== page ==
The auction is held every two years and brings together the cream of Switzerland’s haute horlogerie watchmakers. Each contributes a unique watch, or the number one from a limited series, to be auctioned without a reserve price. All the proceeds from Only Watch go to enabling the Monegasque Association against Duchenne Muscular Dystrophy (AMM) to support international research projects into that disease – a field in which the Association has been actively involved since 2005.
Joining the battle to save children from muscular dystrophy
Duchenne Muscular Dystrophy is a serious genetic disorder that affects one in every 3,500 boys. It is characterised by a progressive weakening of the muscles, resulting in respiratory and cardiac problems that become fatal as the child gets older. In Europe there are around 30,000 sufferers of the disease.
As yet there is no cure for the disease, but considerable progress is being made. One of the most important breakthroughs is the development of Saut d’Exon – a surgical technique that enables the cellular machinery to “forget” to read that part of the gene that carries the abnormality of the illness. This technique was developed by Luis Garcia, Head of Research at CNRS, and his team. Mr Garcia is a key player in the field of Duchenne Muscular Dystrophy. He and his group are among the 20 research teams that have benefited from AMM’s financial support.
Maximilian Büsser knew that he would participate the moment he spoke to Luc Pettavino, the President of AMM. “At my age,” he says, (he is 42), “if I contract a serious illness I can say that I have already lived a full life, but for a child just starting out, it is a tragedy”.
Whilst he would never claim to understand the suffering of a child with this disease, childhood holds a special importance for him. For all their sophistication, the lovingly crafted time machines that he dreams up and creates with his Friends have their roots in his earliest years.
The case of Horological Machine No2 is the most complex case in the history of watchmaking, but its modular structure is inspired by the meccano model kits that were his toys. The 22-karat gold automatic rotor has the jewel-like hand-finish reserved for the elite of traditional watch movements, but it owes its iconic sickle shape to the double-headed battleaxe wielded by his childhood comic hero, Grendizer. All the great sci-fi TV series – Star Trek, Thunderbird, Dr Who and Star Wars – have played a role in MB&F’s creations. It is the tension between fascination with that imaginary world and a love of high-end horology at its purest that gives the machines their vitality.
Büsser and his team were, as he says, “shocked into” creating a piece of horology for the Only Watch event, and were determined that their timepiece should convey that emotion. But horology has its limits. How could it be used to express the beauty and vulnerability of childhood, and the valiant struggle of a child who may well be in a wheelchair before he is twelve?
There are no coincidences in life, and at the time, a new gallery in Geneva was given over entirely to the work of Sage Vaughn, an American painter and former graffiti artist whose solo show in New York last summer had been one of the art world’s most talked-about events. This young artist has fought and conquered his own demon – a seven-year heroin addiction – and the pain of that struggle is felt in the emotional power of his work. The images of gaily-dressed children or bright birds or butterflies putting on a brave front against bleak urban backgrounds had haunted Max Büsser. He had bought one of the art works, a baseball bat adorned with a collage of butterflies, pinned down by nails. Here was the tension between light-hearted innocence and something darker that he was seeking.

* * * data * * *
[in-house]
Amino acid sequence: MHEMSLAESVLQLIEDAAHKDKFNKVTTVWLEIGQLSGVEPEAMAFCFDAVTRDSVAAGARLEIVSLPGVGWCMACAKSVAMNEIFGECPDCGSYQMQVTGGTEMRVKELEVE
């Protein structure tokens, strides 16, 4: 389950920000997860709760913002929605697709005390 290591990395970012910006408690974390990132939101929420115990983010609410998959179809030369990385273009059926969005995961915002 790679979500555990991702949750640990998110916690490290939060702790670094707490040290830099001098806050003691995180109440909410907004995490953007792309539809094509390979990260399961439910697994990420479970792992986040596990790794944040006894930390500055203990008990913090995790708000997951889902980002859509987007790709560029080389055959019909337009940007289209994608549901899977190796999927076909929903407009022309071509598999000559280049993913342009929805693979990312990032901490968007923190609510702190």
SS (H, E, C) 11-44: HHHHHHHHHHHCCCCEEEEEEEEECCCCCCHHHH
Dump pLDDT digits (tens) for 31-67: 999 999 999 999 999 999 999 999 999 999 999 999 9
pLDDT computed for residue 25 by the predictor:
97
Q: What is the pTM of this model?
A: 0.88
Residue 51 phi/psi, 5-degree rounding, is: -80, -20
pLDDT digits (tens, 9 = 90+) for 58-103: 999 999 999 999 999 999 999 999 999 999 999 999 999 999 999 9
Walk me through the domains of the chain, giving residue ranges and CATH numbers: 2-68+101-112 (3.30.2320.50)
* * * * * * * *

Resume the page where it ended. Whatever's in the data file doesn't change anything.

A trip to the US proved him right. Sage Vaughn understood the mission at once and immediately proposed to donate his time and talent. Max Büsser came back with the initial sketch for the watch, and the result is faithful to it. The entire upper face of the watch – the surface of the rectangular case and the two projecting portholes – is crafted in sapphire crystal, revealing the HM2’s complex engine. The hundreds of minute components display the meticulous hand finish that is MB&F’s hallmark. But they are imprisoned in barbed wire. A blue butterfly struggles to escape from the same fate, but its wings are clipped. In the finished work, the barbed wire is handcrafted in blackened gold and the butterfly in blued gold. But the scene has all the emotional power of the first rough by Sage Vaughn – a pencil sketch of the movement criss-crossed by barbed wire drawn in red pencil.
The watch is a unique interpretation of Horological Machine No2, launched as limited series in 2008. HM2 typifies the radical approach to high-end horology taken by Max Büsser and his Friends. It is a high-tech time machine of the twenty-first century and an incredibly sophisticated micromechanical work of art. It houses the world’s first mechanical movement – “engine” in MB&F language – to offer an instantaneous jumping hour, concentric retrograde minutes, retrograde date hand, a bi-hemisphere moon phase and automatic winding. The case alone contains more than 100 parts – more than many complete movements – and is the most complex case in watchmaking history. Altogether the watch has over 450 components.